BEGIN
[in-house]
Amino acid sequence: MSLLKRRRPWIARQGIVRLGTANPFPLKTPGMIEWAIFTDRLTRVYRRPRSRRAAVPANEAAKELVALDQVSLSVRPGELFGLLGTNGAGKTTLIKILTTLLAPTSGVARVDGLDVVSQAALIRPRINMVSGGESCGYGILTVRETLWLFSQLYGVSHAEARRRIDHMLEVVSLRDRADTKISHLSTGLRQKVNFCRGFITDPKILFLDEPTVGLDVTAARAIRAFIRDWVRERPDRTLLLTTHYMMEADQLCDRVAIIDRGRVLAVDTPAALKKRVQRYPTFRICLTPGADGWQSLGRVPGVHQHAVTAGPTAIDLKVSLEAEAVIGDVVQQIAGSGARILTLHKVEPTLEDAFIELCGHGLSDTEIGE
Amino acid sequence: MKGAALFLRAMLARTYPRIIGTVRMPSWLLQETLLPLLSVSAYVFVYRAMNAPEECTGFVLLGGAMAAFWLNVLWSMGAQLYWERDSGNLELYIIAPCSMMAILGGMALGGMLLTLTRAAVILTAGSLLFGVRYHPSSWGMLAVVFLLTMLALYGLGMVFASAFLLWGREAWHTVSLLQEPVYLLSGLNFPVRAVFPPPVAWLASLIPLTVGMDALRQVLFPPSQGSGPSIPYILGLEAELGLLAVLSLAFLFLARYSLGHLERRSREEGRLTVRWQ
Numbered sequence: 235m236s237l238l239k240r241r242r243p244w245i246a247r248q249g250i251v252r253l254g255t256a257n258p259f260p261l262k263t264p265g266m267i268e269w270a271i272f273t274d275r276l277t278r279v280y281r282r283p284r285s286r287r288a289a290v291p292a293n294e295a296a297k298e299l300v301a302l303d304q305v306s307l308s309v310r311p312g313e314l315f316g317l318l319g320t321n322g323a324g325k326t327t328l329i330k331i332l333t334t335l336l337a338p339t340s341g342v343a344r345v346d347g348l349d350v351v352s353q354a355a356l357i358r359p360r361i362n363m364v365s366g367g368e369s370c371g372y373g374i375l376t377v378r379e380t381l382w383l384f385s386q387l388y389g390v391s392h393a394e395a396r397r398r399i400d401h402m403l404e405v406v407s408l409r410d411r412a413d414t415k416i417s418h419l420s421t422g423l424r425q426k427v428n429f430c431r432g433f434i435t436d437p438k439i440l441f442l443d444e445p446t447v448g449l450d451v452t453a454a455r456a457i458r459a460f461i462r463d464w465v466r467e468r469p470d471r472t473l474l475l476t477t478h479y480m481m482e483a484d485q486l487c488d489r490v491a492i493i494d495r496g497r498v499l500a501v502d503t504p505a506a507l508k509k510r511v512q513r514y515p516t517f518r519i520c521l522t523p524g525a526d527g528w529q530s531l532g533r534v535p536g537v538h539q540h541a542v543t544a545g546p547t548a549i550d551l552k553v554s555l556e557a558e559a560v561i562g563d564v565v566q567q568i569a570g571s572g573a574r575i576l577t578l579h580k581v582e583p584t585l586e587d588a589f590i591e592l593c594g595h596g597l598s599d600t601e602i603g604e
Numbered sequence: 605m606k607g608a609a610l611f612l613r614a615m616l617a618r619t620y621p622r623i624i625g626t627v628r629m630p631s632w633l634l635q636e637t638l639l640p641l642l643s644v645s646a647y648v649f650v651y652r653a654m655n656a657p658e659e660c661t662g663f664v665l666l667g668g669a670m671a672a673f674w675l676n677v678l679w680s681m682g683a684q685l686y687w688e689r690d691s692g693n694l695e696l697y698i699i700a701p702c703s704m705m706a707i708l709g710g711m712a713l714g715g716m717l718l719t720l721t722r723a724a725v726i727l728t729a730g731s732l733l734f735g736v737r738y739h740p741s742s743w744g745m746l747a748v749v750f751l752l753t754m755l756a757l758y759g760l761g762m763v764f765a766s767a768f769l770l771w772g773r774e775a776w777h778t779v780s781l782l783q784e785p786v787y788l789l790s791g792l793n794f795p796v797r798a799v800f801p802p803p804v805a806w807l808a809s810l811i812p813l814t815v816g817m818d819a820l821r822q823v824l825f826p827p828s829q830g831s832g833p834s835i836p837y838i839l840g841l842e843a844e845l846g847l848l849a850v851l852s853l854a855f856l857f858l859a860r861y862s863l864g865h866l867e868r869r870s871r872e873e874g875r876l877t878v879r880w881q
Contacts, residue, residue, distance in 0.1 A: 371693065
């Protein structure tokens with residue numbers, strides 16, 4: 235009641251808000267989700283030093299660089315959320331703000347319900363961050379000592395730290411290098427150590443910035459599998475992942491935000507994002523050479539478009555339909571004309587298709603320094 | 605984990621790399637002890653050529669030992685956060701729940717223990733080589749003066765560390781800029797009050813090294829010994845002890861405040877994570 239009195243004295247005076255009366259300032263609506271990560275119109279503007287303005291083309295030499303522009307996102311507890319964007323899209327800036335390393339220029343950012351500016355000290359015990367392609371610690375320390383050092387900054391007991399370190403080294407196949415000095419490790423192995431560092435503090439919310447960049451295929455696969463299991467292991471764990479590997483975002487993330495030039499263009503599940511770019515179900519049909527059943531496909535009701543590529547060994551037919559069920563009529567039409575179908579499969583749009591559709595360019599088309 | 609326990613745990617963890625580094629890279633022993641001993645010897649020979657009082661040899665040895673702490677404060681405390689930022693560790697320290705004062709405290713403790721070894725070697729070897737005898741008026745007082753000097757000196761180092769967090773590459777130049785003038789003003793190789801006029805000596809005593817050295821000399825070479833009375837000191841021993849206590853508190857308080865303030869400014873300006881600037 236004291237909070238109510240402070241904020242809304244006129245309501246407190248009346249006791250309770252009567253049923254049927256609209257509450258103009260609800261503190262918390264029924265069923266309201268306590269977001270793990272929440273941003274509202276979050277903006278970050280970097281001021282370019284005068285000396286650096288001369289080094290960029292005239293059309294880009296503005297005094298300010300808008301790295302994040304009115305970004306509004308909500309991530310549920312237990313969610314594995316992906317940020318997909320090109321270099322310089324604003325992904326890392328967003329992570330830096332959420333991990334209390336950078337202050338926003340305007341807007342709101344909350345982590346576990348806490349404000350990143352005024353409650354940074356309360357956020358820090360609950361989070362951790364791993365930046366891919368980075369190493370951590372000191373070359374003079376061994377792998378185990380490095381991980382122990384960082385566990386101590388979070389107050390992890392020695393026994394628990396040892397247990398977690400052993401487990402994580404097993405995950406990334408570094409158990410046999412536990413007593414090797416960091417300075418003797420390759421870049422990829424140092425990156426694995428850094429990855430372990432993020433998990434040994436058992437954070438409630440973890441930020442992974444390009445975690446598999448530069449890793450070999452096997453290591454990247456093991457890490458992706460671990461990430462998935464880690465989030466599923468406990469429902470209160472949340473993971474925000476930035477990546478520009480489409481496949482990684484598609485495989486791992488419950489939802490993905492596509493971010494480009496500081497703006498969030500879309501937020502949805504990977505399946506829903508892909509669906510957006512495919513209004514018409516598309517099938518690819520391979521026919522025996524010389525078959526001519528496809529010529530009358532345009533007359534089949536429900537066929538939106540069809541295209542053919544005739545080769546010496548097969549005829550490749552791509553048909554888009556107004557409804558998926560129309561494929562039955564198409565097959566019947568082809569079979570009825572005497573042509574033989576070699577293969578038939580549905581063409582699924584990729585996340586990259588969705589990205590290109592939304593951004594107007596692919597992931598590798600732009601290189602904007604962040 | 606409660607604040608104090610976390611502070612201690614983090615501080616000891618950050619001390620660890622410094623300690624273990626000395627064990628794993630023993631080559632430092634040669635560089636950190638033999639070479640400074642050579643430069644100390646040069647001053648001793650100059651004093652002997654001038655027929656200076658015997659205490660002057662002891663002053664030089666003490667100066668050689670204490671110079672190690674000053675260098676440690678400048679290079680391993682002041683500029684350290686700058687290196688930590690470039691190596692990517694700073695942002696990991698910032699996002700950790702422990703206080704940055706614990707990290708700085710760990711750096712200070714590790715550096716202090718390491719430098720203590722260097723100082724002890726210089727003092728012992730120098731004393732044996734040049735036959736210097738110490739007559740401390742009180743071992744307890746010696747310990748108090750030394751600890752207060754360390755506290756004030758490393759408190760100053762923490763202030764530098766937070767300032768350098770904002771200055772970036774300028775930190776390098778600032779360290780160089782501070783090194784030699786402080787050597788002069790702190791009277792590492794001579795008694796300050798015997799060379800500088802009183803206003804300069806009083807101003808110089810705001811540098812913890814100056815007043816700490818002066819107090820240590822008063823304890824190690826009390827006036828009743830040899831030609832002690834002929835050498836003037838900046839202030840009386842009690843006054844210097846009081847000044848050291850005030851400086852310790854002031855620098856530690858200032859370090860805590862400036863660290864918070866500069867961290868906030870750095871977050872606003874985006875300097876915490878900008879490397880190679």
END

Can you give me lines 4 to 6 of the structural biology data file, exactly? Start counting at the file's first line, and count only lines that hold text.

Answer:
Numbered sequence: 235m236s237l238l239k240r241r242r243p244w245i246a247r248q249g250i251v252r253l254g255t256a257n258p259f260p261l262k263t264p265g266m267i268e269w270a271i272f273t274d275r276l277t278r279v280y281r282r283p284r285s286r287r288a289a290v291p292a293n294e295a296a297k298e299l300v301a302l303d304q305v306s307l308s309v310r311p312g313e314l315f316g317l318l319g320t321n322g323a324g325k326t327t328l329i330k331i332l333t334t335l336l337a338p339t340s341g342v343a344r345v346d347g348l349d350v351v352s353q354a355a356l357i358r359p360r361i362n363m364v365s366g367g368e369s370c371g372y373g374i375l376t377v378r379e380t381l382w383l384f385s386q387l388y389g390v391s392h393a394e395a396r397r398r399i400d401h402m403l404e405v406v407s408l409r410d411r412a413d414t415k416i417s418h419l420s421t422g423l424r425q426k427v428n429f430c431r432g433f434i435t436d437p438k439i440l441f442l443d444e445p446t447v448g449l450d451v452t453a454a455r456a457i458r459a460f461i462r463d464w465v466r467e468r469p470d471r472t473l474l475l476t477t478h479y480m481m482e483a484d485q486l487c488d489r490v491a492i493i494d495r496g497r498v499l500a501v502d503t504p505a506a507l508k509k510r511v512q513r514y515p516t517f518r519i520c521l522t523p524g525a526d527g528w529q530s531l532g533r534v535p536g537v538h539q540h541a542v543t544a545g546p547t548a549i550d551l552k553v554s555l556e557a558e559a560v561i562g563d564v565v566q567q568i569a570g571s572g573a574r575i576l577t578l579h580k581v582e583p584t585l586e587d588a589f590i591e592l593c594g595h596g597l598s599d600t601e602i603g604e
Numbered sequence: 605m606k607g608a609a610l611f612l613r614a615m616l617a618r619t620y621p622r623i624i625g626t627v628r629m630p631s632w633l634l635q636e637t638l639l640p641l642l643s644v645s646a647y648v649f650v651y652r653a654m655n656a657p658e659e660c661t662g663f664v665l666l667g668g669a670m671a672a673f674w675l676n677v678l679w680s681m682g683a684q685l686y687w688e689r690d691s692g693n694l695e696l697y698i699i700a701p702c703s704m705m706a707i708l709g710g711m712a713l714g715g716m717l718l719t720l721t722r723a724a725v726i727l728t729a730g731s732l733l734f735g736v737r738y739h740p741s742s743w744g745m746l747a748v749v750f751l752l753t754m755l756a757l758y759g760l761g762m763v764f765a766s767a768f769l770l771w772g773r774e775a776w777h778t779v780s781l782l783q784e785p786v787y788l789l790s791g792l793n794f795p796v797r798a799v800f801p802p803p804v805a806w807l808a809s810l811i812p813l814t815v816g817m818d819a820l821r822q823v824l825f826p827p828s829q830g831s832g833p834s835i836p837y838i839l840g841l842e843a844e845l846g847l848l849a850v851l852s853l854a855f856l857f858l859a860r861y862s863l864g865h866l867e868r869r870s871r872e873e874g875r876l877t878v879r880w881q
Contacts, residue, residue, distance in 0.1 A: 371693065